Charlie,

I have a son who is diagnosed high-functioning autistic and possibly ADHD. My daughter is borderline aspergers. Both involve social clumsiness and we have had both to see behavioral psychologists and a neurologist. Essentially, we had to learn different methods and fine tune our discipline with our son. We learned to set rules clearly ahead of time and avoid escalating confrontation once he is having a meltdown (not give in, but allow him a safe place to vent, then address the situation). One of the prime examples when we knew we had a problem was that our daughter grabbed Mom's hot curling iron ONCE. Aaron did it a third time. Now, you would say he must be dumb as a box of rocks and if that were the case we would love him. But he wasn't so we endeavored to find out.

His treatment also included physical therapy involving coordination skills, bouncing balls, brushing with a surgical brush (much like petting a dog) and a variety of other methods which worked wonders. Bottom line is that we are aware of things and just planning accordingly. This will also include taking his condition into account in determining his career field choices.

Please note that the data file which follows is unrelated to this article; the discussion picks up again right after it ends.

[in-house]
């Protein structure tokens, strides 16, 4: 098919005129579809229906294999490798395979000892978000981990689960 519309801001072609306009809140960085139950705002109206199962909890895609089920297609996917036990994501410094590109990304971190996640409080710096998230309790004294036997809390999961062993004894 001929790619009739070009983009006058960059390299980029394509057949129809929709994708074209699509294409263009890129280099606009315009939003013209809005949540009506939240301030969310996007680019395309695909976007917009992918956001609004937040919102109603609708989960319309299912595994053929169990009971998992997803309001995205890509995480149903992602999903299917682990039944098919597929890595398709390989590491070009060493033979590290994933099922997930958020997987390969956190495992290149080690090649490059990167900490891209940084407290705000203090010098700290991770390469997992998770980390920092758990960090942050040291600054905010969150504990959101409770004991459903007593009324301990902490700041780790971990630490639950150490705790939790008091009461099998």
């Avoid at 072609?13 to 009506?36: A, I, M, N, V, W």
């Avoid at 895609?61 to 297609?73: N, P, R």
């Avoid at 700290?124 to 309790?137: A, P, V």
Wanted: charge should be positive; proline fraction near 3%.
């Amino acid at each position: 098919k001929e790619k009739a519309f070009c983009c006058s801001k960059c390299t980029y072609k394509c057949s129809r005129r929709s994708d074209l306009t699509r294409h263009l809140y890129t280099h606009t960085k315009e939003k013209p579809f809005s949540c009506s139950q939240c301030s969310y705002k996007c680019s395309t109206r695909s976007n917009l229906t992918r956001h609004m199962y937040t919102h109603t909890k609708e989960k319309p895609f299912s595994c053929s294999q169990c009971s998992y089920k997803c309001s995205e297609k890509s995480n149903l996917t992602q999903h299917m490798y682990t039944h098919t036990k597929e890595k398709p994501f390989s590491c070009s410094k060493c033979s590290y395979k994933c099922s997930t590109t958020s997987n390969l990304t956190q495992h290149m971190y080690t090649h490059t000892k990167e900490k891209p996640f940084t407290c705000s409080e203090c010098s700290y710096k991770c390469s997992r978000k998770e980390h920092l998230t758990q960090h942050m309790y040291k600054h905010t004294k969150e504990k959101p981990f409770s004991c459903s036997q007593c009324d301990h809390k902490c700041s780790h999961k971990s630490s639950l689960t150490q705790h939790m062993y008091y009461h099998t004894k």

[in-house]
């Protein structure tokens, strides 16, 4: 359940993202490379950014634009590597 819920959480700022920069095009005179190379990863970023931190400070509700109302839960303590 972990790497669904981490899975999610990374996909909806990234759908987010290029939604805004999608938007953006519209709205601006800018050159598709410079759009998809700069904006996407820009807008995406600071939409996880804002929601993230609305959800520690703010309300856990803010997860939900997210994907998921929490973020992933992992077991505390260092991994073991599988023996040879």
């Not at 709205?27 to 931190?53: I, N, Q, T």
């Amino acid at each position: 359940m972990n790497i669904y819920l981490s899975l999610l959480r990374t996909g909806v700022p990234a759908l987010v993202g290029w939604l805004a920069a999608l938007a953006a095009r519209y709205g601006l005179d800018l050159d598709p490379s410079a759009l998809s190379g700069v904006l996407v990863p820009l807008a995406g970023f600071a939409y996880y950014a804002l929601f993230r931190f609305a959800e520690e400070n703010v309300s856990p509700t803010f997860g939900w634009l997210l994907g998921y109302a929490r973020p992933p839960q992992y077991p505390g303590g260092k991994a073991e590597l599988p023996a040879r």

An example of this is my own ADHD, diagnosed since I was a child (and a convenient scapegoat for many of my symptoms of CSA which is another topic). I am now a very happy owner of a growing tax business. I am required to constantly shift focus to different clients' returns, typically in about an hour each. It is exactly what I am prone to do so instead of choosing a field (such as surgeon) requiring long periods of concentration, I choose one requiring rapid and constant change of focus. ADHD might well find customer service rep positions fit their personality very well.

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God grant me
The Serenity to accept the things I cannot change,
The Courage to change the things I can,
And the Wisdom to know the difference.